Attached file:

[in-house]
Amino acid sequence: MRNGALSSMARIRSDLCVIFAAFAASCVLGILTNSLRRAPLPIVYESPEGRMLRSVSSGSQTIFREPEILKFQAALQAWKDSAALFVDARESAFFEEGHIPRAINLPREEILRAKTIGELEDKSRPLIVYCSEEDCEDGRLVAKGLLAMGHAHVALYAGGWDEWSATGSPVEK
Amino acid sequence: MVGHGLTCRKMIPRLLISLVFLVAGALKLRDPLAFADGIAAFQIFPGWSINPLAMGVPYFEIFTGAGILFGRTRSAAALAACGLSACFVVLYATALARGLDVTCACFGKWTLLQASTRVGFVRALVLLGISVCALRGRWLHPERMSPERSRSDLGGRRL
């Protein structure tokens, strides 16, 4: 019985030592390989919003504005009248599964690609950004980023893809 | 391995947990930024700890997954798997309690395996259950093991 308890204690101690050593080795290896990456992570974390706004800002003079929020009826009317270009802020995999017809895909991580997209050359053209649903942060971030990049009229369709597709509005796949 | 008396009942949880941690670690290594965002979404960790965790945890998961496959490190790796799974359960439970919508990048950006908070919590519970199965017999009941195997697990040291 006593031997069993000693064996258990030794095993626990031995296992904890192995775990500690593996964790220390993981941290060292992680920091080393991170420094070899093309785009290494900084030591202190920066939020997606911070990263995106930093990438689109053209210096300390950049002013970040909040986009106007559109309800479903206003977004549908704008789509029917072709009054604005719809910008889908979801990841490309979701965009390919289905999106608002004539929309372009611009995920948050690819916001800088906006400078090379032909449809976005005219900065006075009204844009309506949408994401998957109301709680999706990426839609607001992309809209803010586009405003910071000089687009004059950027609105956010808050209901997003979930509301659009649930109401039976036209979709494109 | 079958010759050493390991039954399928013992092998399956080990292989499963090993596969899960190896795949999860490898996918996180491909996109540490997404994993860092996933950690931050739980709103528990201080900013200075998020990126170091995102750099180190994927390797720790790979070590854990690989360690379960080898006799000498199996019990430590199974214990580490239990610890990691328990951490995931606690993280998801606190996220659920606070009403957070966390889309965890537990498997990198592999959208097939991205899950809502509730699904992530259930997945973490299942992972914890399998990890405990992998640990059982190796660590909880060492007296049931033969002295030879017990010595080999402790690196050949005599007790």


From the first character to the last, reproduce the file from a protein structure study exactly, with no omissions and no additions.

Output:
[in-house]
Amino acid sequence: MRNGALSSMARIRSDLCVIFAAFAASCVLGILTNSLRRAPLPIVYESPEGRMLRSVSSGSQTIFREPEILKFQAALQAWKDSAALFVDARESAFFEEGHIPRAINLPREEILRAKTIGELEDKSRPLIVYCSEEDCEDGRLVAKGLLAMGHAHVALYAGGWDEWSATGSPVEK
Amino acid sequence: MVGHGLTCRKMIPRLLISLVFLVAGALKLRDPLAFADGIAAFQIFPGWSINPLAMGVPYFEIFTGAGILFGRTRSAAALAACGLSACFVVLYATALARGLDVTCACFGKWTLLQASTRVGFVRALVLLGISVCALRGRWLHPERMSPERSRSDLGGRRL
């Protein structure tokens, strides 16, 4: 019985030592390989919003504005009248599964690609950004980023893809 | 391995947990930024700890997954798997309690395996259950093991 308890204690101690050593080795290896990456992570974390706004800002003079929020009826009317270009802020995999017809895909991580997209050359053209649903942060971030990049009229369709597709509005796949 | 008396009942949880941690670690290594965002979404960790965790945890998961496959490190790796799974359960439970919508990048950006908070919590519970199965017999009941195997697990040291 006593031997069993000693064996258990030794095993626990031995296992904890192995775990500690593996964790220390993981941290060292992680920091080393991170420094070899093309785009290494900084030591202190920066939020997606911070990263995106930093990438689109053209210096300390950049002013970040909040986009106007559109309800479903206003977004549908704008789509029917072709009054604005719809910008889908979801990841490309979701965009390919289905999106608002004539929309372009611009995920948050690819916001800088906006400078090379032909449809976005005219900065006075009204844009309506949408994401998957109301709680999706990426839609607001992309809209803010586009405003910071000089687009004059950027609105956010808050209901997003979930509301659009649930109401039976036209979709494109 | 079958010759050493390991039954399928013992092998399956080990292989499963090993596969899960190896795949999860490898996918996180491909996109540490997404994993860092996933950690931050739980709103528990201080900013200075998020990126170091995102750099180190994927390797720790790979070590854990690989360690379960080898006799000498199996019990430590199974214990580490239990610890990691328990951490995931606690993280998801606190996220659920606070009403957070966390889309965890537990498997990198592999959208097939991205899950809502509730699904992530259930997945973490299942992972914890399998990890405990992998640990059982190796660590909880060492007296049931033969002295030879017990010595080999402790690196050949005599007790």